System stability and security of the systems
Niklaus Blattner, Vice-Chairman of the Governing Board of the Swiss National Bank
«Luzerner Tage für Informationssicherung» (LUTIS, conference on information security), Lucerne, 25 May 2004, 25.05.2004
Complete text in German: "Systemstabilität und Sicherheit der Systeme"PDF (100 KB)
The stability of the banking system and the security of the financial market infrastructure – including the stock exchanges and especially payment and securities settlement systems – have become an important concern of central banks all over the world in recent years. This has notably happened against the background of the numerous financial crises witnessed during the past decades. Moreover, events such as 9/11 have heightened awareness for the security of the financial markets and other infrastructures.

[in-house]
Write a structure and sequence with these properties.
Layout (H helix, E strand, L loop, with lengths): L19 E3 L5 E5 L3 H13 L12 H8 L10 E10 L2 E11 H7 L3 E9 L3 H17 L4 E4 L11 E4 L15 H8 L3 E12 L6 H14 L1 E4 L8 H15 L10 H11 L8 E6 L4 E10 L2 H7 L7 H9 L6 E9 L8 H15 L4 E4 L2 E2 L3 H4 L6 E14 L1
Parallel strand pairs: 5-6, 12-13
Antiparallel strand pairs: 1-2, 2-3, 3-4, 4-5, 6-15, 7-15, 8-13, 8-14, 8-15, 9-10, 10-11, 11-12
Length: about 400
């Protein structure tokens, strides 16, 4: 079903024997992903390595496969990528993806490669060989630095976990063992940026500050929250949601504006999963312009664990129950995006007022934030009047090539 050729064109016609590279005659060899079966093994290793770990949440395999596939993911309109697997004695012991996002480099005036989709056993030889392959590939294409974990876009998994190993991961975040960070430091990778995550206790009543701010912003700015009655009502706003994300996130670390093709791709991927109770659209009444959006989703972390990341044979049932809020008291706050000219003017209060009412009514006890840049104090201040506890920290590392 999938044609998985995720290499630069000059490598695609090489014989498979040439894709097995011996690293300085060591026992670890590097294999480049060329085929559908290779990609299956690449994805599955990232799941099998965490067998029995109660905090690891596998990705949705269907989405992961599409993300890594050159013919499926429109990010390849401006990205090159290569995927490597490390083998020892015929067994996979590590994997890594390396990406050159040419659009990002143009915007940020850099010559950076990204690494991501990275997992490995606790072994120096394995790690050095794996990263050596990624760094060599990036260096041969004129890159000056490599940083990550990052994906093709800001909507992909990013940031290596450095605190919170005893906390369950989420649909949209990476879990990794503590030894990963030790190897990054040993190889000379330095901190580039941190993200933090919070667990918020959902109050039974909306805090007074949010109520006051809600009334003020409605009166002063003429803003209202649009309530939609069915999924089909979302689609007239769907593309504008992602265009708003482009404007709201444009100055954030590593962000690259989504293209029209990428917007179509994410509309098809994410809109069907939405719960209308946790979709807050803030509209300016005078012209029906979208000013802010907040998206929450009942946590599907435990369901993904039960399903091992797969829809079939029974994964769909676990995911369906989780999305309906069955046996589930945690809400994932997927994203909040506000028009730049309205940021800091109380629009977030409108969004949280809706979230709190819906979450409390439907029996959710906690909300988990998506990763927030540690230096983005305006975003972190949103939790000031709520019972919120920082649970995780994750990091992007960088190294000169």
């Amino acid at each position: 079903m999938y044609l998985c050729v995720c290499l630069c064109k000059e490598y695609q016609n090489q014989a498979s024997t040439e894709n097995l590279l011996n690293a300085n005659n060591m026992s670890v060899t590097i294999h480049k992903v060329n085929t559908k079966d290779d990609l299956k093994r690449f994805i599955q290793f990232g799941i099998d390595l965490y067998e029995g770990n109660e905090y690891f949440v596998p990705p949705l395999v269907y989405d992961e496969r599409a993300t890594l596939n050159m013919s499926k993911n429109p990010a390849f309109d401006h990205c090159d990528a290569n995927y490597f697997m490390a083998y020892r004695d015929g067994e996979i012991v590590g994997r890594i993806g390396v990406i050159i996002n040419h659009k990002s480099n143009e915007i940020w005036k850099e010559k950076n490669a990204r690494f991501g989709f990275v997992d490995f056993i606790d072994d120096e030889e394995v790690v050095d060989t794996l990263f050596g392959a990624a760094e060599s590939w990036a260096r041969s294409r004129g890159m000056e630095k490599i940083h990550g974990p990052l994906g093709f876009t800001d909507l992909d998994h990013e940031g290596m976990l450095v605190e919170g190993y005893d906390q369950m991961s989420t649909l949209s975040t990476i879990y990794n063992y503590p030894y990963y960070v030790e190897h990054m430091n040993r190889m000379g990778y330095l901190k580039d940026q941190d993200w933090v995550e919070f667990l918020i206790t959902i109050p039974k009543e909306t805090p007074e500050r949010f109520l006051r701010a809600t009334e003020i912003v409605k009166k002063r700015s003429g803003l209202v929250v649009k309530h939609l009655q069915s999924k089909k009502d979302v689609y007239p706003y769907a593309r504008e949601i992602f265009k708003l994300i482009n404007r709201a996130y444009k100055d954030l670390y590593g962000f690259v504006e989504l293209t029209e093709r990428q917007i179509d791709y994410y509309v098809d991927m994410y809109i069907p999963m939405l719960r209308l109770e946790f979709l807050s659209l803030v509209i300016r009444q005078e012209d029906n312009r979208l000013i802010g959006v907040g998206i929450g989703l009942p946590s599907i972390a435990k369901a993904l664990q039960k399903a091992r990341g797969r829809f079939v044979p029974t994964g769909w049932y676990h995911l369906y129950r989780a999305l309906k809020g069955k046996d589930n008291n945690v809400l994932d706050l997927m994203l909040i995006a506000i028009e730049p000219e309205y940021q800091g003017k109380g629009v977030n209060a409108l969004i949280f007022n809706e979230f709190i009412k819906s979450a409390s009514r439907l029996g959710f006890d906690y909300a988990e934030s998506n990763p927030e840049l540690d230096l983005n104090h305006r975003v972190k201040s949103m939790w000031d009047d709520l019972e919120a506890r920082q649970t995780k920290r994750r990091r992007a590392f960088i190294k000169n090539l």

In Switzerland, the growing importance of system stability has also been reflected in the new National Bank Act, which entered into force on 1 May 2004. Within the framework of its principal mandate of pursuing a monetary policy in the interests of the country as a whole while at the same time ensuring price stability, the Swiss National Bank (SNB) is legally obliged to make a contribution to system stability and to facilitate and secure the operation of cashless payment systems. In implementing its mandate, the SNB takes preventive measures as well as measures aimed at overcoming crises. For instance, in a crisis the National Bank plays an important role in providing liquidity. With the new Act, the SNB specifically bears the responsibility of overseeing the systemically important payment and securities settlement systems. The operators of such systems will in future have to meet certain minimum requirements, which will also include requirements with regard to information security. Secure and reliable information and communications structures are an essential precondition for the smooth functioning of the financial system. In the context of its mandate, the SNB limits itself to systems-relevant aspects in these areas. Systems-irrelevant problems concerning individual banks or payment systems, by contrast, are explicitly not a part of its mandate. This is based on the conviction that the problems in the financial system must be solved by the market itself whenever possible.